Spotlight South West attracts some 300000 viewers each night. As such it attracts the highest audience per head of population of all the BBC evening regional TV programmes, and it also attracts many more viewers than the ITV local news programme. Even so, because of the rapid take up of smartphones and tablets, in common with all other regional programmes and national TV as a whole, its viewing figures have fallen quite significantly in the last 10 years, when they were around 400000.
Hamish had brought along the equipment he used to conduct his interviews, the camera, his smartphone, his tablet, his microphone, his two earpieces, a wind muffler for the microphone on his phone, and his make-up compact. Now that cameras have become much lighter and more portable, more often than not, the reporter films the interviews on location himself. Indeed while BBC Spotlight has 10 reporters, the station only has 5 cameramen.
It is well known that presenters need to have the facility to receive instructions from programme producers in the studio. What may not be as well known is that, sometimes, a south west local TV reporter may need to be in communication with two stations at once. Hence he needs two earpieces - one tuned to the Spotlight station in Plymouth - the other to the BBC South West station in Bristol. While taking these instructions, he could well be simultaneously speaking to the camera, reading off a portable teleprompter (his iPad) that he is controlling with his foot, conducting an interview, and operating the camera. It is evident that to be a successful BBC reporter one needs to be well coordinated.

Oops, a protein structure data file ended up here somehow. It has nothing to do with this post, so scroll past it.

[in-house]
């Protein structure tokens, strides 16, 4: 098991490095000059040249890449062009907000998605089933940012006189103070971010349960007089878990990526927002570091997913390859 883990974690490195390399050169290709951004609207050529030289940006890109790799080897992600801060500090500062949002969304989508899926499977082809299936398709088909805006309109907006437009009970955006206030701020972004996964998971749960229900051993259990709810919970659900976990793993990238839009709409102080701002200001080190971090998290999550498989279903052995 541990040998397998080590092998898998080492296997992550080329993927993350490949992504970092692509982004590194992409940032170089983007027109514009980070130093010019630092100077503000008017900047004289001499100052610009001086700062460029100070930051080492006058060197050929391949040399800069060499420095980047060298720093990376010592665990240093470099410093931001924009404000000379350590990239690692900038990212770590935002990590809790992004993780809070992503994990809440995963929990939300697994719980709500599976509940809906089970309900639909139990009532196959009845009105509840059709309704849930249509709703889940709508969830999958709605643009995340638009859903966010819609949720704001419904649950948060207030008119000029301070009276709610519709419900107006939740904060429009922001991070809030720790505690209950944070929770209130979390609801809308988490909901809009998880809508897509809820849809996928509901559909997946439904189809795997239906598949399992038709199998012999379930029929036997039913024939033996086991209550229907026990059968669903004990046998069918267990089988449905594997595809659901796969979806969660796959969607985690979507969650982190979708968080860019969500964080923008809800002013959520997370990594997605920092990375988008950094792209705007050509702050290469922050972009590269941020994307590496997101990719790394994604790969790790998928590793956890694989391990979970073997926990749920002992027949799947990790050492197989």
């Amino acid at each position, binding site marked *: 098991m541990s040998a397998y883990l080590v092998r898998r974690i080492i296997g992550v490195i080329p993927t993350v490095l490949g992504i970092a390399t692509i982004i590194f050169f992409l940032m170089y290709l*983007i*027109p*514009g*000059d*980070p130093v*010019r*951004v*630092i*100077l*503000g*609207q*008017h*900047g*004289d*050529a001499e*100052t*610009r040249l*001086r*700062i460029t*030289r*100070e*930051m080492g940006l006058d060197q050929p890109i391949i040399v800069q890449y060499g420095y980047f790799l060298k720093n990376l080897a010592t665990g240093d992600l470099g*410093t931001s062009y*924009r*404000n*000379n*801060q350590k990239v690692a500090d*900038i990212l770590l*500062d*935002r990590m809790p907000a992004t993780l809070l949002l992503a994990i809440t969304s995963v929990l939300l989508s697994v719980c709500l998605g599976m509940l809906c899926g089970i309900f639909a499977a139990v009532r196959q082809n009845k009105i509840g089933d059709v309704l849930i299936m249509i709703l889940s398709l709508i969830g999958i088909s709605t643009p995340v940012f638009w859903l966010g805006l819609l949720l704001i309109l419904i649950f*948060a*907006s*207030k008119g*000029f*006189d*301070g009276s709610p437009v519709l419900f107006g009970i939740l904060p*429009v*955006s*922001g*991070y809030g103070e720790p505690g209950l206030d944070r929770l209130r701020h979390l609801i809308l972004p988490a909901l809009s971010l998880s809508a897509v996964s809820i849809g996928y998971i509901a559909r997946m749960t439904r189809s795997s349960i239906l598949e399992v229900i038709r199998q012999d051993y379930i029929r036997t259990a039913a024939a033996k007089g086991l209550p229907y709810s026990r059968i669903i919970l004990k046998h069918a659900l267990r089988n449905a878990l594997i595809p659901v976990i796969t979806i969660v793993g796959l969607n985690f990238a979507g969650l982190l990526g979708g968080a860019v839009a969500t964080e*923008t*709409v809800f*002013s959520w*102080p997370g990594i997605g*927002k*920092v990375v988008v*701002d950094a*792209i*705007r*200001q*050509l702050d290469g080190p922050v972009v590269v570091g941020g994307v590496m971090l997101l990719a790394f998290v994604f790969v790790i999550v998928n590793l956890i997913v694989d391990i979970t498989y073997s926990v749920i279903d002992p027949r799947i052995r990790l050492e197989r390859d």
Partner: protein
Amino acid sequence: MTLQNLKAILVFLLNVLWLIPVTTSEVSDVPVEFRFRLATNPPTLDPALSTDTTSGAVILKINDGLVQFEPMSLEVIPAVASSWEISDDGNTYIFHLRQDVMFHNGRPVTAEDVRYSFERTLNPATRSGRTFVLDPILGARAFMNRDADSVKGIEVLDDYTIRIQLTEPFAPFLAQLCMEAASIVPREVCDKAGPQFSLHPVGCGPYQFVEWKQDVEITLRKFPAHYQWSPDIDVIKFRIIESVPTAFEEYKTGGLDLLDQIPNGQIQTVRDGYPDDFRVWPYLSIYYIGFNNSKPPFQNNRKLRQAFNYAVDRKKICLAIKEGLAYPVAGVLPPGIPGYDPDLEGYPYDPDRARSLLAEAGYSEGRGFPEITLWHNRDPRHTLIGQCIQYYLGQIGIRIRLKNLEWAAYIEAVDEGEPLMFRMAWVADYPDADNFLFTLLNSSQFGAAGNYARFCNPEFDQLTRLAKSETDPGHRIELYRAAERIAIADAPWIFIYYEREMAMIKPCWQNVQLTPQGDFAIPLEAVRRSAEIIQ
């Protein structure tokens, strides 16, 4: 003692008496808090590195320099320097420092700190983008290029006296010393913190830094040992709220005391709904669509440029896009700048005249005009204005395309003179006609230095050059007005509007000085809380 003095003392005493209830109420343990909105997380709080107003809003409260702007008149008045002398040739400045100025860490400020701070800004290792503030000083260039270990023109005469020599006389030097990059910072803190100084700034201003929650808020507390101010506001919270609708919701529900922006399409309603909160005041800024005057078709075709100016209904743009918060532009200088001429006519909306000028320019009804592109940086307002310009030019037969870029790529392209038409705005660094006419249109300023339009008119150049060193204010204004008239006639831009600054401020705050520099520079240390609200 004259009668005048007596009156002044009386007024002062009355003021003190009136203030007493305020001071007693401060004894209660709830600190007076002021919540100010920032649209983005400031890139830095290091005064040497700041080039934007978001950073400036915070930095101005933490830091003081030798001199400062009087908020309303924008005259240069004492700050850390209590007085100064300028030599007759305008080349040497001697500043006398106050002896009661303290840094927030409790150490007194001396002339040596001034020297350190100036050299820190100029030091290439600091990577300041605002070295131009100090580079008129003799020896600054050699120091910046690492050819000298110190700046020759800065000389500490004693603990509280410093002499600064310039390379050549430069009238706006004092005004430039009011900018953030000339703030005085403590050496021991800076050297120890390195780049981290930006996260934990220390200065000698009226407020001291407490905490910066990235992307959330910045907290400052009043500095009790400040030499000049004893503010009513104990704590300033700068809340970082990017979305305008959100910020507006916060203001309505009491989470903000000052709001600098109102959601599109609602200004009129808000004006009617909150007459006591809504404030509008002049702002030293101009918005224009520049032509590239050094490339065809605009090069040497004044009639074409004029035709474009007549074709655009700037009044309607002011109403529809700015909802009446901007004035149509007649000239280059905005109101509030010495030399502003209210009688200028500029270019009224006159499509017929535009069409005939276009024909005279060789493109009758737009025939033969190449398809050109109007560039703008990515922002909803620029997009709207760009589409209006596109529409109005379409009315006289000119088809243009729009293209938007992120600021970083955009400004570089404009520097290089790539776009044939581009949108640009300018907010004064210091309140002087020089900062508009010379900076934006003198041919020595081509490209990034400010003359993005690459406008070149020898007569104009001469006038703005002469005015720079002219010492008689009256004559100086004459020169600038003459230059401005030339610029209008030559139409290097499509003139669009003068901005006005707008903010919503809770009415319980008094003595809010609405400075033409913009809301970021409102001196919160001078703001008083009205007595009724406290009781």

Another feature of the job is that until he checks in at the start of his shift, he does not know where he will be sent to produce a report for that evening's programme. His normal patch stretches from Ashburton to Tiverton, Exeter and across to Axminster. However, as needs dictate, he can be sent anywhere within the south-west region. There was one notable occasion when he was initially sent up to Chivenor to do a piece about a helicopter there. When he had reached South Molton a call from the office directed him to conduct an interview at RNAS Yeovilton instead. Once he arrived at Yeovilton he was told that the interview there had been cancelled and that he was to go to Chivenor after all. It is a good job that he enjoys driving.
The most memorable trip he had was to Antigua, to interview two transatlantic rowers who had been rescued after getting into difficulties and were coming ashore on Antigua. As the two were based in the south-west, Spotlight editors felt it appropriate to send a reporter there to interview them when they reached dry land. Hamish said that when he checked in at the airline desk at Gatwick the counter clerk thought there must be something wrong with his reservation because the system had got him down as returning from Antigua the following day. Hamish had to confirm to her that that was indeed the case, notwithstanding her belief that nobody went to Antigua for less than a week.
He got his interview and returned the following day having spent the grand total of about 16 hours on the island. He said that on that trip, some 10 years ago, he physically had to bring the interview tape back with him before it could be editted and transmitted. Now, with the advent of smartphones, good internet or satellite communications and high speed data transmission possible from most places, the reporter can do the interview, edit it and then transmit it to the station whilst on location.
As well as being entertained, at the end of the hour the audience was much more informed about all the effort that goes into making that 26 minutes and 30 seconds of local news on BBC TV each weekday night at 6:30 p.m.